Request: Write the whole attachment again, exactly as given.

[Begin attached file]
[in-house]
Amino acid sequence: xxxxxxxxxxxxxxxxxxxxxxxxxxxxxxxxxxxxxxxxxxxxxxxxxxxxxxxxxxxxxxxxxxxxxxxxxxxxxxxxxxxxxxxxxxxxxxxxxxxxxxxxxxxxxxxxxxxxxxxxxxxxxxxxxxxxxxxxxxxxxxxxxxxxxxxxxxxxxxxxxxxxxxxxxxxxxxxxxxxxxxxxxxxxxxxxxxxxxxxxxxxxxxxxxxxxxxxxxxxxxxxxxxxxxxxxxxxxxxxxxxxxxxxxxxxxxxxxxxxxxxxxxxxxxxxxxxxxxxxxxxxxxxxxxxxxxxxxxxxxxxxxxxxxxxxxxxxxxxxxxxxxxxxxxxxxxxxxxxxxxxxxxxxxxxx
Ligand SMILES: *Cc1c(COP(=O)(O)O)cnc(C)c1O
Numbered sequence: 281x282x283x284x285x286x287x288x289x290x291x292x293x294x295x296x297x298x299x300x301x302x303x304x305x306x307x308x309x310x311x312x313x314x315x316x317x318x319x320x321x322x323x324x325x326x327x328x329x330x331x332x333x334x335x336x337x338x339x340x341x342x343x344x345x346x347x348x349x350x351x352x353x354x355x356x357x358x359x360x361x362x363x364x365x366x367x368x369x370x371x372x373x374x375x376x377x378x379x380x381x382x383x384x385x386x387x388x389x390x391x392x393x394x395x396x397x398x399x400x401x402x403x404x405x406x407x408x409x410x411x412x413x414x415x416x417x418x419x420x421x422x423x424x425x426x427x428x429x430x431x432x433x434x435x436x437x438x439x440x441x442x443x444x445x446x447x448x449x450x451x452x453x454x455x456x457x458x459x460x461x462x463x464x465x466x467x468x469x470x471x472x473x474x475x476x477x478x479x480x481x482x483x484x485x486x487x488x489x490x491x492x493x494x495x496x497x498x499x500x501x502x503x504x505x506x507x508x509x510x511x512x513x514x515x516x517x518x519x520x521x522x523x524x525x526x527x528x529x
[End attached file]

[in-house]
Amino acid sequence: xxxxxxxxxxxxxxxxxxxxxxxxxxxxxxxxxxxxxxxxxxxxxxxxxxxxxxxxxxxxxxxxxxxxxxxxxxxxxxxxxxxxxxxxxxxxxxxxxxxxxxxxxxxxxxxxxxxxxxxxxxxxxxxxxxxxxxxxxxxxxxxxxxxxxxxxxxxxxxxxxxxxxxxxxxxxxxxxxxxxxxxxxxxxxxxxxxxxxxxxxxxxxxxxxxxxxxxxxxxxxxxxxxxxxxxxxxxxxxxxxxxxxxxxxxxxxxxxxxxxxxxxxxxxxxxxxxxxxxxxxxxxxxxxxxxxxxxxxxxxxxxxxxxxxxxxxxxxxxxxxxxxxxxxxxxxxxxxxxxxxxxxxxxxxxx
Ligand SMILES: *Cc1c(COP(=O)(O)O)cnc(C)c1O
Numbered sequence: 281x282x283x284x285x286x287x288x289x290x291x292x293x294x295x296x297x298x299x300x301x302x303x304x305x306x307x308x309x310x311x312x313x314x315x316x317x318x319x320x321x322x323x324x325x326x327x328x329x330x331x332x333x334x335x336x337x338x339x340x341x342x343x344x345x346x347x348x349x350x351x352x353x354x355x356x357x358x359x360x361x362x363x364x365x366x367x368x369x370x371x372x373x374x375x376x377x378x379x380x381x382x383x384x385x386x387x388x389x390x391x392x393x394x395x396x397x398x399x400x401x402x403x404x405x406x407x408x409x410x411x412x413x414x415x416x417x418x419x420x421x422x423x424x425x426x427x428x429x430x431x432x433x434x435x436x437x438x439x440x441x442x443x444x445x446x447x448x449x450x451x452x453x454x455x456x457x458x459x460x461x462x463x464x465x466x467x468x469x470x471x472x473x474x475x476x477x478x479x480x481x482x483x484x485x486x487x488x489x490x491x492x493x494x495x496x497x498x499x500x501x502x503x504x505x506x507x508x509x510x511x512x513x514x515x516x517x518x519x520x521x522x523x524x525x526x527x528x529x